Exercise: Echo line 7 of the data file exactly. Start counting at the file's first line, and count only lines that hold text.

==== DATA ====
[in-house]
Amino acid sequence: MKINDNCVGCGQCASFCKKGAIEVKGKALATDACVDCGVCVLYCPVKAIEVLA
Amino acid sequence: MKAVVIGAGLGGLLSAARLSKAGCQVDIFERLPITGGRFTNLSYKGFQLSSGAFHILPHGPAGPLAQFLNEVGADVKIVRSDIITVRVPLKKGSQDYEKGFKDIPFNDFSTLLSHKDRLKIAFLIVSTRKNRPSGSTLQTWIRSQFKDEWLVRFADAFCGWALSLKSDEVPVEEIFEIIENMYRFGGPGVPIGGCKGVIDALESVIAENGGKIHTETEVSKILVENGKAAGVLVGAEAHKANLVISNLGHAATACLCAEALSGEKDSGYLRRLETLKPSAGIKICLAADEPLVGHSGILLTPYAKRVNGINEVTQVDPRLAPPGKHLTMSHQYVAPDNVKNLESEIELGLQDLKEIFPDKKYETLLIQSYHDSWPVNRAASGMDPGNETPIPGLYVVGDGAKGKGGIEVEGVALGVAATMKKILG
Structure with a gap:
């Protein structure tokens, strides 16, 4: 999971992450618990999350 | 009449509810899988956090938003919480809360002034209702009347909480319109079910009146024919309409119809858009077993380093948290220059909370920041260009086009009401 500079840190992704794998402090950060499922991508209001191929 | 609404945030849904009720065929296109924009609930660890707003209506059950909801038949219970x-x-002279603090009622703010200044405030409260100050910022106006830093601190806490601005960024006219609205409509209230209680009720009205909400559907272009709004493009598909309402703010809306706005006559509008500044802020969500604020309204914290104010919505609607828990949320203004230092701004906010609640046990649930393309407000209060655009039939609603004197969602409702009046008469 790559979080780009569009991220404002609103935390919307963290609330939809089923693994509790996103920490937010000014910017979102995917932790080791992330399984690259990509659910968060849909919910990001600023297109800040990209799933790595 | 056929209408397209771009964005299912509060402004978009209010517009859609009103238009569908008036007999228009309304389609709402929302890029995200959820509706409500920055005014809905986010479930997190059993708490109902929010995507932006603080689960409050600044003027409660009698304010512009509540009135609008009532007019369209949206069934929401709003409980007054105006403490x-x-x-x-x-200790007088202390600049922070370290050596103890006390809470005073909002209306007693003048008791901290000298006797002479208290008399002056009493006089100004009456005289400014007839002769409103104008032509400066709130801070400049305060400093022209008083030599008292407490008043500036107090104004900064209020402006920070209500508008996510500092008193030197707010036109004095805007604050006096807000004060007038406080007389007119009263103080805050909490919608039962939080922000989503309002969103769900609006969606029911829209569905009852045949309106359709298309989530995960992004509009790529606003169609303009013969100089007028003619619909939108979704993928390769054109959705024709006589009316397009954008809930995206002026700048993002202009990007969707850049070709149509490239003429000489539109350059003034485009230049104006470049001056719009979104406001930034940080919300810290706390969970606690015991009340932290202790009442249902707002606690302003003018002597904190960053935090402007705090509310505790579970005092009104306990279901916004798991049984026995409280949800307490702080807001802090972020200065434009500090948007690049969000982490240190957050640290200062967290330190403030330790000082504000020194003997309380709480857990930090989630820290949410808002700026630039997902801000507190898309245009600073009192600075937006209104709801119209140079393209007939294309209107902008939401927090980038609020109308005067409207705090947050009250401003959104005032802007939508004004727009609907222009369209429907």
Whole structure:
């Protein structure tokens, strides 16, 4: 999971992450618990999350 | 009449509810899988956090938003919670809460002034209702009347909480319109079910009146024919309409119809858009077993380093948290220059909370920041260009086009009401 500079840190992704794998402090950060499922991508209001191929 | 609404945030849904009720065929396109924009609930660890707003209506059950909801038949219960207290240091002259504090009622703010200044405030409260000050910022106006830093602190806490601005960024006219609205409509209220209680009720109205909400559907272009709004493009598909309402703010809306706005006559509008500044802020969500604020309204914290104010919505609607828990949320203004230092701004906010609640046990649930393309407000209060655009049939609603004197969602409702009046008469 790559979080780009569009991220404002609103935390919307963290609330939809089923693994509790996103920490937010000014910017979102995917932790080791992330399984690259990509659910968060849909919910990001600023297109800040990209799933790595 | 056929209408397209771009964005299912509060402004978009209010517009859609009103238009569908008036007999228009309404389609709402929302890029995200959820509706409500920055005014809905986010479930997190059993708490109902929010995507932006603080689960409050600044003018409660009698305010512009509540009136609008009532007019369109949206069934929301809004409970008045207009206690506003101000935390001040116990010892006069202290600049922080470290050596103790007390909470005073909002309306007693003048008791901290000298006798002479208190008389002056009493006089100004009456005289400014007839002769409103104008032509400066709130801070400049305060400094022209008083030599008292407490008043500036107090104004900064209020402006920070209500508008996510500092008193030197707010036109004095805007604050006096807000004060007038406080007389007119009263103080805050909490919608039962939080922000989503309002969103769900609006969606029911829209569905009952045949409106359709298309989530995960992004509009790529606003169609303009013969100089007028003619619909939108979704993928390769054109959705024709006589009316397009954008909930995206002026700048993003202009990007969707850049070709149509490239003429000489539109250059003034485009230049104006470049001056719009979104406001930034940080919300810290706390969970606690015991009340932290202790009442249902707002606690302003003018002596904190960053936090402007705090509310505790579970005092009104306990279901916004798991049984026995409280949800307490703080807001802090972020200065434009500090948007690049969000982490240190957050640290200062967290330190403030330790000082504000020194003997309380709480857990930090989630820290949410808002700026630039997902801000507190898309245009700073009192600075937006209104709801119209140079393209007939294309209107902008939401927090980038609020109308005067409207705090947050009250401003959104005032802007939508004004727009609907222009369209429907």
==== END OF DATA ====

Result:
């Protein structure tokens, strides 16, 4: 999971992450618990999350 | 009449509810899988956090938003919670809460002034209702009347909480319109079910009146024919309409119809858009077993380093948290220059909370920041260009086009009401 500079840190992704794998402090950060499922991508209001191929 | 609404945030849904009720065929396109924009609930660890707003209506059950909801038949219960207290240091002259504090009622703010200044405030409260000050910022106006830093602190806490601005960024006219609205409509209220209680009720109205909400559907272009709004493009598909309402703010809306706005006559509008500044802020969500604020309204914290104010919505609607828990949320203004230092701004906010609640046990649930393309407000209060655009049939609603004197969602409702009046008469 790559979080780009569009991220404002609103935390919307963290609330939809089923693994509790996103920490937010000014910017979102995917932790080791992330399984690259990509659910968060849909919910990001600023297109800040990209799933790595 | 056929209408397209771009964005299912509060402004978009209010517009859609009103238009569908008036007999228009309404389609709402929302890029995200959820509706409500920055005014809905986010479930997190059993708490109902929010995507932006603080689960409050600044003018409660009698305010512009509540009136609008009532007019369109949206069934929301809004409970008045207009206690506003101000935390001040116990010892006069202290600049922080470290050596103790007390909470005073909002309306007693003048008791901290000298006798002479208190008389002056009493006089100004009456005289400014007839002769409103104008032509400066709130801070400049305060400094022209008083030599008292407490008043500036107090104004900064209020402006920070209500508008996510500092008193030197707010036109004095805007604050006096807000004060007038406080007389007119009263103080805050909490919608039962939080922000989503309002969103769900609006969606029911829209569905009952045949409106359709298309989530995960992004509009790529606003169609303009013969100089007028003619619909939108979704993928390769054109959705024709006589009316397009954008909930995206002026700048993003202009990007969707850049070709149509490239003429000489539109250059003034485009230049104006470049001056719009979104406001930034940080919300810290706390969970606690015991009340932290202790009442249902707002606690302003003018002596904190960053936090402007705090509310505790579970005092009104306990279901916004798991049984026995409280949800307490703080807001802090972020200065434009500090948007690049969000982490240190957050640290200062967290330190403030330790000082504000020194003997309380709480857990930090989630820290949410808002700026630039997902801000507190898309245009700073009192600075937006209104709801119209140079393209007939294309209107902008939401927090980038609020109308005067409207705090947050009250401003959104005032802007939508004004727009609907222009369209429907």